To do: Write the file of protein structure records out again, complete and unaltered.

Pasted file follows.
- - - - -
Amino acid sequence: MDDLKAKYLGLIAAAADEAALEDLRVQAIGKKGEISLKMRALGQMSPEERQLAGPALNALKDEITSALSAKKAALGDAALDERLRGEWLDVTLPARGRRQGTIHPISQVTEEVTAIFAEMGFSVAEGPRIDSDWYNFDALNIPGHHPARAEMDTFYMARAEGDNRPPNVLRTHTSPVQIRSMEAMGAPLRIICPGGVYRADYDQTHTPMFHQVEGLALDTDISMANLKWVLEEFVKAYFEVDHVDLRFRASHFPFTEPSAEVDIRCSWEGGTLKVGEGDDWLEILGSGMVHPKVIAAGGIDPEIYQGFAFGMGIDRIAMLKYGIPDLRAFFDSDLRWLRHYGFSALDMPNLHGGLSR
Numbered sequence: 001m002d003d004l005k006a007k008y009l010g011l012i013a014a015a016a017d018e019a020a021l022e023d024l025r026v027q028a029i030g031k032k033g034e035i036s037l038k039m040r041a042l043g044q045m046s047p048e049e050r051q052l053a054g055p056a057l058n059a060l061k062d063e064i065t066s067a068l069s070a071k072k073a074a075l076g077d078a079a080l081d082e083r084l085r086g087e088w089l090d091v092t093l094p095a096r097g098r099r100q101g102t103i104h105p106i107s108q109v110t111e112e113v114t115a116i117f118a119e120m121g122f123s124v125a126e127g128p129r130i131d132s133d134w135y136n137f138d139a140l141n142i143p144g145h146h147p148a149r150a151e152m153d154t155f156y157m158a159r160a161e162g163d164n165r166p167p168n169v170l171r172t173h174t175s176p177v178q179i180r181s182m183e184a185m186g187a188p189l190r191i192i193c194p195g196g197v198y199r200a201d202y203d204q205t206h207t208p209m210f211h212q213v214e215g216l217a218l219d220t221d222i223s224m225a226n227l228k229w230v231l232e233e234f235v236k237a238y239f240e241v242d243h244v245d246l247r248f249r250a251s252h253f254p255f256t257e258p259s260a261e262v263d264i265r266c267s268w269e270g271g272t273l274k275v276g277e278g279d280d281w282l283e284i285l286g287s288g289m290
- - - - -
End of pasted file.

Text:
Amino acid sequence: MDDLKAKYLGLIAAAADEAALEDLRVQAIGKKGEISLKMRALGQMSPEERQLAGPALNALKDEITSALSAKKAALGDAALDERLRGEWLDVTLPARGRRQGTIHPISQVTEEVTAIFAEMGFSVAEGPRIDSDWYNFDALNIPGHHPARAEMDTFYMARAEGDNRPPNVLRTHTSPVQIRSMEAMGAPLRIICPGGVYRADYDQTHTPMFHQVEGLALDTDISMANLKWVLEEFVKAYFEVDHVDLRFRASHFPFTEPSAEVDIRCSWEGGTLKVGEGDDWLEILGSGMVHPKVIAAGGIDPEIYQGFAFGMGIDRIAMLKYGIPDLRAFFDSDLRWLRHYGFSALDMPNLHGGLSR
Numbered sequence: 001m002d003d004l005k006a007k008y009l010g011l012i013a014a015a016a017d018e019a020a021l022e023d024l025r026v027q028a029i030g031k032k033g034e035i036s037l038k039m040r041a042l043g044q045m046s047p048e049e050r051q052l053a054g055p056a057l058n059a060l061k062d063e064i065t066s067a068l069s070a071k072k073a074a075l076g077d078a079a080l081d082e083r084l085r086g087e088w089l090d091v092t093l094p095a096r097g098r099r100q101g102t103i104h105p106i107s108q109v110t111e112e113v114t115a116i117f118a119e120m121g122f123s124v125a126e127g128p129r130i131d132s133d134w135y136n137f138d139a140l141n142i143p144g145h146h147p148a149r150a151e152m153d154t155f156y157m158a159r160a161e162g163d164n165r166p167p168n169v170l171r172t173h174t175s176p177v178q179i180r181s182m183e184a185m186g187a188p189l190r191i192i193c194p195g196g197v198y199r200a201d202y203d204q205t206h207t208p209m210f211h212q213v214e215g216l217a218l219d220t221d222i223s224m225a226n227l228k229w230v231l232e233e234f235v236k237a238y239f240e241v242d243h244v245d246l247r248f249r250a251s252h253f254p255f256t257e258p259s260a261e262v263d264i265r266c267s268w269e270g271g272t273l274k275v276g277e278g279d280d281w282l283e284i285l286g287s288g289m290